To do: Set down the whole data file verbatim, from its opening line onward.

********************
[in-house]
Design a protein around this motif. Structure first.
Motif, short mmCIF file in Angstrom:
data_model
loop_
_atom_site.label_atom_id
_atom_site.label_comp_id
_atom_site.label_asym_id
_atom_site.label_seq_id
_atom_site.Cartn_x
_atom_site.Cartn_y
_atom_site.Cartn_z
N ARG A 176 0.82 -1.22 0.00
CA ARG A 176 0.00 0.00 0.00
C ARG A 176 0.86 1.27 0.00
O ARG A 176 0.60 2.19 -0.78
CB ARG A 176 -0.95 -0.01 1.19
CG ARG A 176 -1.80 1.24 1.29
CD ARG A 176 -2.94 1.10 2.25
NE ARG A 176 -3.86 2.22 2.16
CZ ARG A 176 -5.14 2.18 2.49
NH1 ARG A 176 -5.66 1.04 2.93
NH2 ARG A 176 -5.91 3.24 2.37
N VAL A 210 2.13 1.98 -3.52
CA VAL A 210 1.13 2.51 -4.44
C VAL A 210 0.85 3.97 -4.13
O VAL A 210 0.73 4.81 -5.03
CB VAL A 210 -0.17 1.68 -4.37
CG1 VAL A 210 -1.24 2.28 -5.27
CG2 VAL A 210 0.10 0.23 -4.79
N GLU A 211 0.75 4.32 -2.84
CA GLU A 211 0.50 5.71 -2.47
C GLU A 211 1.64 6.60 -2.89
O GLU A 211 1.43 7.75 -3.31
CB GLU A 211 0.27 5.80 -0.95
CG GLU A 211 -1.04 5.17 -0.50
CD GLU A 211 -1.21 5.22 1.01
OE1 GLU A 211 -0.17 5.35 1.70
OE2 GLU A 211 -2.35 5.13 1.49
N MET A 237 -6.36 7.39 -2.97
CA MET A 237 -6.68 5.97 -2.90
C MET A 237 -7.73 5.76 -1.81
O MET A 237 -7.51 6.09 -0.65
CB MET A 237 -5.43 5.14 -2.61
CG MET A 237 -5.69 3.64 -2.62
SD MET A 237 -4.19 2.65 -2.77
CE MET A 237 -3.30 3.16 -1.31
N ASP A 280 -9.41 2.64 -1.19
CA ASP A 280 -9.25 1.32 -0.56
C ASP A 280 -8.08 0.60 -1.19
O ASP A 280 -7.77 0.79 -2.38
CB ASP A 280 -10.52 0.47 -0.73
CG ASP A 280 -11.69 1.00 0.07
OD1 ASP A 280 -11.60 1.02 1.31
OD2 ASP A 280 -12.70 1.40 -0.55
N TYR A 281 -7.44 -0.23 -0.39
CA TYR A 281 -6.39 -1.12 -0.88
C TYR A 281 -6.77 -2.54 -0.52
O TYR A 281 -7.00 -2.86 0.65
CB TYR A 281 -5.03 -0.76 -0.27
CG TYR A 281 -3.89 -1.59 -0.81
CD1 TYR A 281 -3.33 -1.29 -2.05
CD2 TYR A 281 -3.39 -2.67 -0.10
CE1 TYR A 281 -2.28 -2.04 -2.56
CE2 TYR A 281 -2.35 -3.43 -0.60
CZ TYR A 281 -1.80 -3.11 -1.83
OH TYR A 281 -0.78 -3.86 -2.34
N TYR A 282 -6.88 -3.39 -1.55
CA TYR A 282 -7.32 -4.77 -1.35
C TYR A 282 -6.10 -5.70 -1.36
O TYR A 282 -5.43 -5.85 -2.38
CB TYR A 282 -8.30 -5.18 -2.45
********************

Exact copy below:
[in-house]
Design a protein around this motif. Structure first.
Motif, short mmCIF file in Angstrom:
data_model
loop_
_atom_site.label_atom_id
_atom_site.label_comp_id
_atom_site.label_asym_id
_atom_site.label_seq_id
_atom_site.Cartn_x
_atom_site.Cartn_y
_atom_site.Cartn_z
N ARG A 176 0.82 -1.22 0.00
CA ARG A 176 0.00 0.00 0.00
C ARG A 176 0.86 1.27 0.00
O ARG A 176 0.60 2.19 -0.78
CB ARG A 176 -0.95 -0.01 1.19
CG ARG A 176 -1.80 1.24 1.29
CD ARG A 176 -2.94 1.10 2.25
NE ARG A 176 -3.86 2.22 2.16
CZ ARG A 176 -5.14 2.18 2.49
NH1 ARG A 176 -5.66 1.04 2.93
NH2 ARG A 176 -5.91 3.24 2.37
N VAL A 210 2.13 1.98 -3.52
CA VAL A 210 1.13 2.51 -4.44
C VAL A 210 0.85 3.97 -4.13
O VAL A 210 0.73 4.81 -5.03
CB VAL A 210 -0.17 1.68 -4.37
CG1 VAL A 210 -1.24 2.28 -5.27
CG2 VAL A 210 0.10 0.23 -4.79
N GLU A 211 0.75 4.32 -2.84
CA GLU A 211 0.50 5.71 -2.47
C GLU A 211 1.64 6.60 -2.89
O GLU A 211 1.43 7.75 -3.31
CB GLU A 211 0.27 5.80 -0.95
CG GLU A 211 -1.04 5.17 -0.50
CD GLU A 211 -1.21 5.22 1.01
OE1 GLU A 211 -0.17 5.35 1.70
OE2 GLU A 211 -2.35 5.13 1.49
N MET A 237 -6.36 7.39 -2.97
CA MET A 237 -6.68 5.97 -2.90
C MET A 237 -7.73 5.76 -1.81
O MET A 237 -7.51 6.09 -0.65
CB MET A 237 -5.43 5.14 -2.61
CG MET A 237 -5.69 3.64 -2.62
SD MET A 237 -4.19 2.65 -2.77
CE MET A 237 -3.30 3.16 -1.31
N ASP A 280 -9.41 2.64 -1.19
CA ASP A 280 -9.25 1.32 -0.56
C ASP A 280 -8.08 0.60 -1.19
O ASP A 280 -7.77 0.79 -2.38
CB ASP A 280 -10.52 0.47 -0.73
CG ASP A 280 -11.69 1.00 0.07
OD1 ASP A 280 -11.60 1.02 1.31
OD2 ASP A 280 -12.70 1.40 -0.55
N TYR A 281 -7.44 -0.23 -0.39
CA TYR A 281 -6.39 -1.12 -0.88
C TYR A 281 -6.77 -2.54 -0.52
O TYR A 281 -7.00 -2.86 0.65
CB TYR A 281 -5.03 -0.76 -0.27
CG TYR A 281 -3.89 -1.59 -0.81
CD1 TYR A 281 -3.33 -1.29 -2.05
CD2 TYR A 281 -3.39 -2.67 -0.10
CE1 TYR A 281 -2.28 -2.04 -2.56
CE2 TYR A 281 -2.35 -3.43 -0.60
CZ TYR A 281 -1.80 -3.11 -1.83
OH TYR A 281 -0.78 -3.86 -2.34
N TYR A 282 -6.88 -3.39 -1.55
CA TYR A 282 -7.32 -4.77 -1.35
C TYR A 282 -6.10 -5.70 -1.36
O TYR A 282 -5.43 -5.85 -2.38
CB TYR A 282 -8.30 -5.18 -2.45